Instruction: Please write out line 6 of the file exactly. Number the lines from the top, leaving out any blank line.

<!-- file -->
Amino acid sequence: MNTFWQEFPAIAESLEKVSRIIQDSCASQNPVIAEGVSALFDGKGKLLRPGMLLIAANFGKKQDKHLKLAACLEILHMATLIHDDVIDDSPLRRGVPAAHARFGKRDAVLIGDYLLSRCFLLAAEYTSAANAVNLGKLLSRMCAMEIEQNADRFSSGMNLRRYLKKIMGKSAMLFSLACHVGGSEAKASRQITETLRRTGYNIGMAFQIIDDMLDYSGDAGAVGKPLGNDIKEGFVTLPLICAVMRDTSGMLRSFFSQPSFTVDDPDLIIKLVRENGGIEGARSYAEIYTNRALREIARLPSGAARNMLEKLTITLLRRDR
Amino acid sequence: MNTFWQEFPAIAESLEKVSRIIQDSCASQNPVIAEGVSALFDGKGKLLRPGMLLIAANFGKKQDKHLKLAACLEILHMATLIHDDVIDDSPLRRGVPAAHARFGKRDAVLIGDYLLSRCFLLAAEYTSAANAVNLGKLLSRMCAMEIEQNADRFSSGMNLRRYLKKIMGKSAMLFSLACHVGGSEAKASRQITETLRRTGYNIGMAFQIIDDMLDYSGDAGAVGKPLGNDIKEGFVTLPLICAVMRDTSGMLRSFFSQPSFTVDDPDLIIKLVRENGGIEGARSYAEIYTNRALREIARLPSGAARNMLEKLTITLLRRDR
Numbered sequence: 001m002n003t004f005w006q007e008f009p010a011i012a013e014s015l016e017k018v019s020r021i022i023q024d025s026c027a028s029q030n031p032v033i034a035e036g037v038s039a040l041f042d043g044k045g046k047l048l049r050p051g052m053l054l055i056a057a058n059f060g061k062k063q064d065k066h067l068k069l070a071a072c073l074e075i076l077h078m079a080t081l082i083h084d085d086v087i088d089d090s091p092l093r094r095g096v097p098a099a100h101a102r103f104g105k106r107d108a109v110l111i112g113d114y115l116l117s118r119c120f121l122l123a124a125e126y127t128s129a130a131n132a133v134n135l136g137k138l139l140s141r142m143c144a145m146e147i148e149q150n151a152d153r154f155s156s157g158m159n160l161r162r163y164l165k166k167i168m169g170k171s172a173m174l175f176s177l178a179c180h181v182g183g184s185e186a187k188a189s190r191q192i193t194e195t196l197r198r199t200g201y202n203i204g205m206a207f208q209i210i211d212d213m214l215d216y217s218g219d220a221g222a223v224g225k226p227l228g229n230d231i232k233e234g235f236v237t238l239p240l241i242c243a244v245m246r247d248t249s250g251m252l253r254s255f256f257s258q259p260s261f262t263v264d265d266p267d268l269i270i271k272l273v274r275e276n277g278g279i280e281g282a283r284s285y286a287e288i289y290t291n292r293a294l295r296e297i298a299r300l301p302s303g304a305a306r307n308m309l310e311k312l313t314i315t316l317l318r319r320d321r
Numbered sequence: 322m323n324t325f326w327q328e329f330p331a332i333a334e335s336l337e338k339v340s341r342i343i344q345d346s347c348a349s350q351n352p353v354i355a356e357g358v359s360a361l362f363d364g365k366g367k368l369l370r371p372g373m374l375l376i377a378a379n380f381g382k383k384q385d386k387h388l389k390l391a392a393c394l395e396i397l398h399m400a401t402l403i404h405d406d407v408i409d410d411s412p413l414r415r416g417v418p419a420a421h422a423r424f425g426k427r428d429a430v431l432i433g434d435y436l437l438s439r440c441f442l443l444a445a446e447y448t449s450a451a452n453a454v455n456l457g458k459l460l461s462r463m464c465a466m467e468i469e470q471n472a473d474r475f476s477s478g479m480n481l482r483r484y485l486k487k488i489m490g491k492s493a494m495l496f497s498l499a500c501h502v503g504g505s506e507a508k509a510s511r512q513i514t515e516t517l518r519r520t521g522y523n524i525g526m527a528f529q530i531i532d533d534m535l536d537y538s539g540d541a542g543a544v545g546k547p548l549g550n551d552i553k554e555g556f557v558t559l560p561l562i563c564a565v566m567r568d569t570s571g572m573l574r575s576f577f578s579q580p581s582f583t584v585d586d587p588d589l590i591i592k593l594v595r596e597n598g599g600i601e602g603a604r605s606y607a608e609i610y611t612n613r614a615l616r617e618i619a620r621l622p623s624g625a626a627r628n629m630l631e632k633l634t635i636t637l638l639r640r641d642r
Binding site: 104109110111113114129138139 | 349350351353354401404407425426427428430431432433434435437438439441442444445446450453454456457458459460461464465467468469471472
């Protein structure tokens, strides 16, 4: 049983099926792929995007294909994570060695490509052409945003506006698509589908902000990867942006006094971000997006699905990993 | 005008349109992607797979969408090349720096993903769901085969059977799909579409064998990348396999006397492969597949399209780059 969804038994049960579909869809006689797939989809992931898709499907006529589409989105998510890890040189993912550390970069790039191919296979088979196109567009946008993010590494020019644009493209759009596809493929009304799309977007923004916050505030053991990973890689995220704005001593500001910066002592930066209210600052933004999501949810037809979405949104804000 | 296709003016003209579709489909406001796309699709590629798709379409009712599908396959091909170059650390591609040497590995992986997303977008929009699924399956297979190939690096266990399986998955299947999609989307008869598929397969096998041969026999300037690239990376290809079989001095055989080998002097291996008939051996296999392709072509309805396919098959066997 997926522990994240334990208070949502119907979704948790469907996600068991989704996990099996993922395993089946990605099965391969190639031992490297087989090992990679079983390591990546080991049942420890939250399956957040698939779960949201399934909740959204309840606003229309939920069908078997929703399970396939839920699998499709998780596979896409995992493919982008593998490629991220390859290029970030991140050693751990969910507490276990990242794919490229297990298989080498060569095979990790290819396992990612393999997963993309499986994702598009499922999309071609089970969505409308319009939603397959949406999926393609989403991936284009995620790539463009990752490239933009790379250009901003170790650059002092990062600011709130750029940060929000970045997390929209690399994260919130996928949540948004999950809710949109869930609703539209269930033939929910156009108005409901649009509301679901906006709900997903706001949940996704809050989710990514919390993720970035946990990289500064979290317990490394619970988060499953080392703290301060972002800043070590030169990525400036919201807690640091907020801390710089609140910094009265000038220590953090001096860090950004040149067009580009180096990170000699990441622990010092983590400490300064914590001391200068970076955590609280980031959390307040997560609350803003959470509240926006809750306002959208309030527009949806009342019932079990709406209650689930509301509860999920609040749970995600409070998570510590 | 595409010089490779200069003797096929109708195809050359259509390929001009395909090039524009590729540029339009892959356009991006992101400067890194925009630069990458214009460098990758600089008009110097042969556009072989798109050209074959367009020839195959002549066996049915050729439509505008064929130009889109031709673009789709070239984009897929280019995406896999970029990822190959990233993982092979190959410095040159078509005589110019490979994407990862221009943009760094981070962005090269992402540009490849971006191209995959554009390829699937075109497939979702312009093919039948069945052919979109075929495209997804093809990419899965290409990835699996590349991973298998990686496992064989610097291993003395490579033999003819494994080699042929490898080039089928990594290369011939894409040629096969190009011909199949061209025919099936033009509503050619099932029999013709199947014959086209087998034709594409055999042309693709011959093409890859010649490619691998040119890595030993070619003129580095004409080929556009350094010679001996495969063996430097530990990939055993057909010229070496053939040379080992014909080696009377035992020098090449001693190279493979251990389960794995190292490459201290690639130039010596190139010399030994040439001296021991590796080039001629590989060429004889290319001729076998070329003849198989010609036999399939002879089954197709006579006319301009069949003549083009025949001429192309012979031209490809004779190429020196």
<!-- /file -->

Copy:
């Protein structure tokens, strides 16, 4: 049983099926792929995007294909994570060695490509052409945003506006698509589908902000990867942006006094971000997006699905990993 | 005008349109992607797979969408090349720096993903769901085969059977799909579409064998990348396999006397492969597949399209780059 969804038994049960579909869809006689797939989809992931898709499907006529589409989105998510890890040189993912550390970069790039191919296979088979196109567009946008993010590494020019644009493209759009596809493929009304799309977007923004916050505030053991990973890689995220704005001593500001910066002592930066209210600052933004999501949810037809979405949104804000 | 296709003016003209579709489909406001796309699709590629798709379409009712599908396959091909170059650390591609040497590995992986997303977008929009699924399956297979190939690096266990399986998955299947999609989307008869598929397969096998041969026999300037690239990376290809079989001095055989080998002097291996008939051996296999392709072509309805396919098959066997 997926522990994240334990208070949502119907979704948790469907996600068991989704996990099996993922395993089946990605099965391969190639031992490297087989090992990679079983390591990546080991049942420890939250399956957040698939779960949201399934909740959204309840606003229309939920069908078997929703399970396939839920699998499709998780596979896409995992493919982008593998490629991220390859290029970030991140050693751990969910507490276990990242794919490229297990298989080498060569095979990790290819396992990612393999997963993309499986994702598009499922999309071609089970969505409308319009939603397959949406999926393609989403991936284009995620790539463009990752490239933009790379250009901003170790650059002092990062600011709130750029940060929000970045997390929209690399994260919130996928949540948004999950809710949109869930609703539209269930033939929910156009108005409901649009509301679901906006709900997903706001949940996704809050989710990514919390993720970035946990990289500064979290317990490394619970988060499953080392703290301060972002800043070590030169990525400036919201807690640091907020801390710089609140910094009265000038220590953090001096860090950004040149067009580009180096990170000699990441622990010092983590400490300064914590001391200068970076955590609280980031959390307040997560609350803003959470509240926006809750306002959208309030527009949806009342019932079990709406209650689930509301509860999920609040749970995600409070998570510590 | 595409010089490779200069003797096929109708195809050359259509390929001009395909090039524009590729540029339009892959356009991006992101400067890194925009630069990458214009460098990758600089008009110097042969556009072989798109050209074959367009020839195959002549066996049915050729439509505008064929130009889109031709673009789709070239984009897929280019995406896999970029990822190959990233993982092979190959410095040159078509005589110019490979994407990862221009943009760094981070962005090269992402540009490849971006191209995959554009390829699937075109497939979702312009093919039948069945052919979109075929495209997804093809990419899965290409990835699996590349991973298998990686496992064989610097291993003395490579033999003819494994080699042929490898080039089928990594290369011939894409040629096969190009011909199949061209025919099936033009509503050619099932029999013709199947014959086209087998034709594409055999042309693709011959093409890859010649490619691998040119890595030993070619003129580095004409080929556009350094010679001996495969063996430097530990990939055993057909010229070496053939040379080992014909080696009377035992020098090449001693190279493979251990389960794995190292490459201290690639130039010596190139010399030994040439001296021991590796080039001629590989060429004889290319001729076998070329003849198989010609036999399939002879089954197709006579006319301009069949003549083009025949001429192309012979031209490809004779190429020196």